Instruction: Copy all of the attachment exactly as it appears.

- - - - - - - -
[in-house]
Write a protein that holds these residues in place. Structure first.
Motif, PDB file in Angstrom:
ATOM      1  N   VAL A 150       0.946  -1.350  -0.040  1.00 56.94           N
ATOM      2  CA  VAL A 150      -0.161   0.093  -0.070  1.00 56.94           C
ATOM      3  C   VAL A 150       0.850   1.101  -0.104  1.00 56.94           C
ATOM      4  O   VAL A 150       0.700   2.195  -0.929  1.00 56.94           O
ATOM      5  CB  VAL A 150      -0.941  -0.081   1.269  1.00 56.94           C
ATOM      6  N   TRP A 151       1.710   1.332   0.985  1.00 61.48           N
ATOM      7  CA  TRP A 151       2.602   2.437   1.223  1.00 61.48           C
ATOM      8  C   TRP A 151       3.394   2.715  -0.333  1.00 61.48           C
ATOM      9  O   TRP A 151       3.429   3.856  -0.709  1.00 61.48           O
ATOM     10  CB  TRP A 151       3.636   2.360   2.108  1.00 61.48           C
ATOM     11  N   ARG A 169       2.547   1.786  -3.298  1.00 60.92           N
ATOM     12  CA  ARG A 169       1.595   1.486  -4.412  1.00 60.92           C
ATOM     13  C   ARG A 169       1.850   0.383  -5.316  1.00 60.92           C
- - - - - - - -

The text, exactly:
[in-house]
Write a protein that holds these residues in place. Structure first.
Motif, PDB file in Angstrom:
ATOM      1  N   VAL A 150       0.946  -1.350  -0.040  1.00 56.94           N
ATOM      2  CA  VAL A 150      -0.161   0.093  -0.070  1.00 56.94           C
ATOM      3  C   VAL A 150       0.850   1.101  -0.104  1.00 56.94           C
ATOM      4  O   VAL A 150       0.700   2.195  -0.929  1.00 56.94           O
ATOM      5  CB  VAL A 150      -0.941  -0.081   1.269  1.00 56.94           C
ATOM      6  N   TRP A 151       1.710   1.332   0.985  1.00 61.48           N
ATOM      7  CA  TRP A 151       2.602   2.437   1.223  1.00 61.48           C
ATOM      8  C   TRP A 151       3.394   2.715  -0.333  1.00 61.48           C
ATOM      9  O   TRP A 151       3.429   3.856  -0.709  1.00 61.48           O
ATOM     10  CB  TRP A 151       3.636   2.360   2.108  1.00 61.48           C
ATOM     11  N   ARG A 169       2.547   1.786  -3.298  1.00 60.92           N
ATOM     12  CA  ARG A 169       1.595   1.486  -4.412  1.00 60.92           C
ATOM     13  C   ARG A 169       1.850   0.383  -5.316  1.00 60.92           C